Some NFC North teams will be busier than others. David Birkett of the Oakland Press has added two names to the list of players the Detroit Lions are expected to release: Guard Edwin Mulitalo and tight end Dan Campbell.
That brings the total number of soon-to-be-released Lions veterans to four, including receiver Mike Furrey and cornerback Leigh Bodden. It's possible there will be others. We'll keep you updated.
Continuing around the NFC North:
- Jerry Green of the Detroit News believes Lions coach Jim Schwartz will do a good job -- if the team's front office and ownership leaves him alone.
- Broadcaster John Madden, for one, agrees with Chicago coach Lovie Smith's decision to call the majority of the Bears' defensive signals in 2009. Brad Biggs of the Chicago Sun-Times has the story.
- Pete Dougherty of the Green Bay Press-Gazette looks at the Packers' salary-cap situation -- they were $19 million under the cap and are expected to get at least $6 million in adjustments and credits -- and what they might do with the room.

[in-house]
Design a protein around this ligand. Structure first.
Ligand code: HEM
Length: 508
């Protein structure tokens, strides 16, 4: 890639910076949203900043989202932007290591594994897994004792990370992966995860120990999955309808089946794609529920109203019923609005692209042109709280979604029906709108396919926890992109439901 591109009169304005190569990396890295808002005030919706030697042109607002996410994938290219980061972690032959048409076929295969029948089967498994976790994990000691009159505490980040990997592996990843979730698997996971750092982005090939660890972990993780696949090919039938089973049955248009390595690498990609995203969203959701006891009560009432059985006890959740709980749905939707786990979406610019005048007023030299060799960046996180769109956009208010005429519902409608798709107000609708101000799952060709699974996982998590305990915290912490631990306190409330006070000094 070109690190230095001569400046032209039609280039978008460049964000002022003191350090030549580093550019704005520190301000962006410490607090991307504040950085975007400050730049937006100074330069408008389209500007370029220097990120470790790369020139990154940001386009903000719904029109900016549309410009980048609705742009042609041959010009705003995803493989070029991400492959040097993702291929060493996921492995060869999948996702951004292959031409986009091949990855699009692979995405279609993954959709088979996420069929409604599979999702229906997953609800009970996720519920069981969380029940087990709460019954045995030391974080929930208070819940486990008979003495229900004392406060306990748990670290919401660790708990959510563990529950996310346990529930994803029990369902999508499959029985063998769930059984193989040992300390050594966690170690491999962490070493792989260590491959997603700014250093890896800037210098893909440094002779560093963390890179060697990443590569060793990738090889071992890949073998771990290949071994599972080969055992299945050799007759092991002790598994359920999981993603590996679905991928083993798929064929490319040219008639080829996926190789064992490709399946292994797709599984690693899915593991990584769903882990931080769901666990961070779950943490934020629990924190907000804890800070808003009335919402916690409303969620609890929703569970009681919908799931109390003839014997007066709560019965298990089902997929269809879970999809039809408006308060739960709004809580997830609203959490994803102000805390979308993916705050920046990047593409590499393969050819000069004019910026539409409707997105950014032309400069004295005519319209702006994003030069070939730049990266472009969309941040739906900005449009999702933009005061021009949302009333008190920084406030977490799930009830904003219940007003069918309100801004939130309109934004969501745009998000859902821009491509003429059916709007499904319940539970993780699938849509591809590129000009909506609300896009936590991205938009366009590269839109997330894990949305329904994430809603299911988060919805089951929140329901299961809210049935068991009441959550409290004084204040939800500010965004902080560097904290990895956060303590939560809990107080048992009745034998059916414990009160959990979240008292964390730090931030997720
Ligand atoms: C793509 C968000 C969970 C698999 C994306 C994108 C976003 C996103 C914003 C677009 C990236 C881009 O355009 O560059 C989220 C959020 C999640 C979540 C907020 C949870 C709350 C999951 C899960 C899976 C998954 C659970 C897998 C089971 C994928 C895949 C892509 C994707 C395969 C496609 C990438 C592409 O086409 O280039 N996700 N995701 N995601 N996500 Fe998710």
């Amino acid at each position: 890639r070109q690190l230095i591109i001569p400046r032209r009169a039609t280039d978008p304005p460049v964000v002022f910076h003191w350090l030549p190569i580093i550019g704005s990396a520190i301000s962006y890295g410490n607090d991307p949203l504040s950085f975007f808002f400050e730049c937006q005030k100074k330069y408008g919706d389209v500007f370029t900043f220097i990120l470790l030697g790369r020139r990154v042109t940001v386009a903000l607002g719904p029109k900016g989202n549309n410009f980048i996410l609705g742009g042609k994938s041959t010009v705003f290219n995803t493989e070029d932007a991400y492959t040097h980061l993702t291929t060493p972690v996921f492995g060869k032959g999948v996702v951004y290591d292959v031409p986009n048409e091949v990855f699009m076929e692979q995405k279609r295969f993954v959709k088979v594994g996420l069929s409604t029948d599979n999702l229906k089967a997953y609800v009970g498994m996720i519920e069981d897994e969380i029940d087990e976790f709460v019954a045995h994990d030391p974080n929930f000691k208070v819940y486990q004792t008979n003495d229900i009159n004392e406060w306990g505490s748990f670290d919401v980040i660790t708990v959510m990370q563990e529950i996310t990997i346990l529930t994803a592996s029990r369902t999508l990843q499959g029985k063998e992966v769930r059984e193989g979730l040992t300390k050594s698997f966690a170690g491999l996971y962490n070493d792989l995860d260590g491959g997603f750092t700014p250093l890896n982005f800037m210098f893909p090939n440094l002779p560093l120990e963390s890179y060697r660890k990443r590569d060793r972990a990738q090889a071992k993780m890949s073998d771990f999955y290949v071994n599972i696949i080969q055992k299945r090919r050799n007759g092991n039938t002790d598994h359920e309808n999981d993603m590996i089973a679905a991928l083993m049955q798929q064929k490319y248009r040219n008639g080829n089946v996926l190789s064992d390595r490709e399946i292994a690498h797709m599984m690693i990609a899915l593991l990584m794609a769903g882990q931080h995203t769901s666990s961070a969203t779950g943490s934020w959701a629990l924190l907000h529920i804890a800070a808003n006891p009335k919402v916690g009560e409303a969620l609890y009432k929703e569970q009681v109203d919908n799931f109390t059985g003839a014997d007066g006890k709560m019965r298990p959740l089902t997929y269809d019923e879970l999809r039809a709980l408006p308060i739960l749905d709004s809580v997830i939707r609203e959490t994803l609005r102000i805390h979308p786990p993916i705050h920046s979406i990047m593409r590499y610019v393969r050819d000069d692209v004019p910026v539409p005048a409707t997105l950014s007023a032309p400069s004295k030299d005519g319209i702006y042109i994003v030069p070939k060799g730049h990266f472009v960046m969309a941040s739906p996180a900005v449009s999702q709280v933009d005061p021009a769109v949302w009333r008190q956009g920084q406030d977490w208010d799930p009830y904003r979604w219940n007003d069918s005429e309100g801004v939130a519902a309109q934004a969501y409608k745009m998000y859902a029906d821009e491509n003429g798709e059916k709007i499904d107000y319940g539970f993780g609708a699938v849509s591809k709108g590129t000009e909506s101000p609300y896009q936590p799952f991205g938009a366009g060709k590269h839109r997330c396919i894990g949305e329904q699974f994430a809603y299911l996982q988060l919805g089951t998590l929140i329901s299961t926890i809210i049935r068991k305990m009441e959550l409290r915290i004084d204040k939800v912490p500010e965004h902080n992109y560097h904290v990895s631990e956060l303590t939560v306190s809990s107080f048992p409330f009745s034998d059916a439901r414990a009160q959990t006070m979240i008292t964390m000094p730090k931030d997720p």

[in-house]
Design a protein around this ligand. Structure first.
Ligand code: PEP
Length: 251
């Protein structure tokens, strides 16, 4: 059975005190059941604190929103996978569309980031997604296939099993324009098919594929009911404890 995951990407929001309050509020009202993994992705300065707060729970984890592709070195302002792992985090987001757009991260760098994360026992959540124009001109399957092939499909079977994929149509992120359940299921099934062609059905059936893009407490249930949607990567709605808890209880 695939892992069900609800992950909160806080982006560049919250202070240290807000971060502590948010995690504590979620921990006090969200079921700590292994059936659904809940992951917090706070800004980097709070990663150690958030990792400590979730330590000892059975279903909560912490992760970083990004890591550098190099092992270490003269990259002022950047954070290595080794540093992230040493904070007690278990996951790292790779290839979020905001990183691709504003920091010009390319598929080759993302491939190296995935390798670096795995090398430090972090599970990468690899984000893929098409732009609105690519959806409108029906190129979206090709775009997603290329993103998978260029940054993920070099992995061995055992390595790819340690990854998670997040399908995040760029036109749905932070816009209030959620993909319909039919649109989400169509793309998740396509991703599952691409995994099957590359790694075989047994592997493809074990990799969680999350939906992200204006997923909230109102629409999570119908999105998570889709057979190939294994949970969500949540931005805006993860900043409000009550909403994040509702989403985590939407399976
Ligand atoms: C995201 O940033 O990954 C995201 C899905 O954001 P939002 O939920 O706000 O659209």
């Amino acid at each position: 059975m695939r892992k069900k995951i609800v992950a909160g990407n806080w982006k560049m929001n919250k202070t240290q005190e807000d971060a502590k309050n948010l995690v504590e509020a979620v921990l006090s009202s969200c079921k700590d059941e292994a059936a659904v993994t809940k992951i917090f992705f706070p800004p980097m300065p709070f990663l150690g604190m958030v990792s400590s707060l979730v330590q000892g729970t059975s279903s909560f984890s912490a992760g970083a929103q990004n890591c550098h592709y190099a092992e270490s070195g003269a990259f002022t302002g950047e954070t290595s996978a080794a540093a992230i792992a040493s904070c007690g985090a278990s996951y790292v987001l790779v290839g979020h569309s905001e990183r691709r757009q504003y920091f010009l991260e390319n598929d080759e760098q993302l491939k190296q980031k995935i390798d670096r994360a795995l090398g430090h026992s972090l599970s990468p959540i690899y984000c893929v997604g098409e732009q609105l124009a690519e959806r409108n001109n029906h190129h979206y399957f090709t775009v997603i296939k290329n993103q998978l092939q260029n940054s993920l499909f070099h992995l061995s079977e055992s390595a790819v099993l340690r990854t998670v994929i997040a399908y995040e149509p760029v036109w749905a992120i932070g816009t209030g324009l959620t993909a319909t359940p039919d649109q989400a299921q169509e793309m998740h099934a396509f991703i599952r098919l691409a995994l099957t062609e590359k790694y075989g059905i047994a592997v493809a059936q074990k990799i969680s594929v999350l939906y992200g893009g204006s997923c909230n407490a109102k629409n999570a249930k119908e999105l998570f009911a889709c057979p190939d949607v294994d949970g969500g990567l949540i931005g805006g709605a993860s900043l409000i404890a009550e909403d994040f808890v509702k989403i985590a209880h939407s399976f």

A couple of notes from Detroit, which is certainly dominating the Super Bowl week news in the NFC North:
- In a conference call with Detroit-area reporters, new offensive coordinator Scott Linehan admitted he has an "affinity" for quarterback Daunte Culpepper, whom he coached in Minnesota from 2002-04. But Linehan insisted that connection won't play a role in his evaluation of the Lions' crop of quarterbacks. Here was the key quote: "I don't think it is at all fair to the other quarterbacks on the roster or to the head coach, the division of our personnel and our franchise, that we let ... a tie to a player affect our ability to make the right decision, and at this point, it's way too early to make any decision about any player." Culpepper has a $2.5 million roster bonus due in March.
- Receiver Mike Furrey told reporters he has been informed he will be released next month. Furrey spent much of 2008 at odds with the Lions over his health and ultimately ended the season on injured reserve. He is one of what could be a sizable group of veterans who will be dismissed this offseason.
Catching up on some news around the NFC North on Thursday evening:
Chicago: Defensive end Adewale Ogunleye and defensive tackle Anthony Adams missed practice for the second consecutive day Thursday. As Vaughn McClure of the Chicago Tribune points out, the Bears already are thin along the defensive line after a season-ending arm injury to nose tackle Dusty Dvoracek. You would expect to see Mark Anderson and rookie Marcus Harrison get any playing time vacated by Ogunleye and Adams, respectively.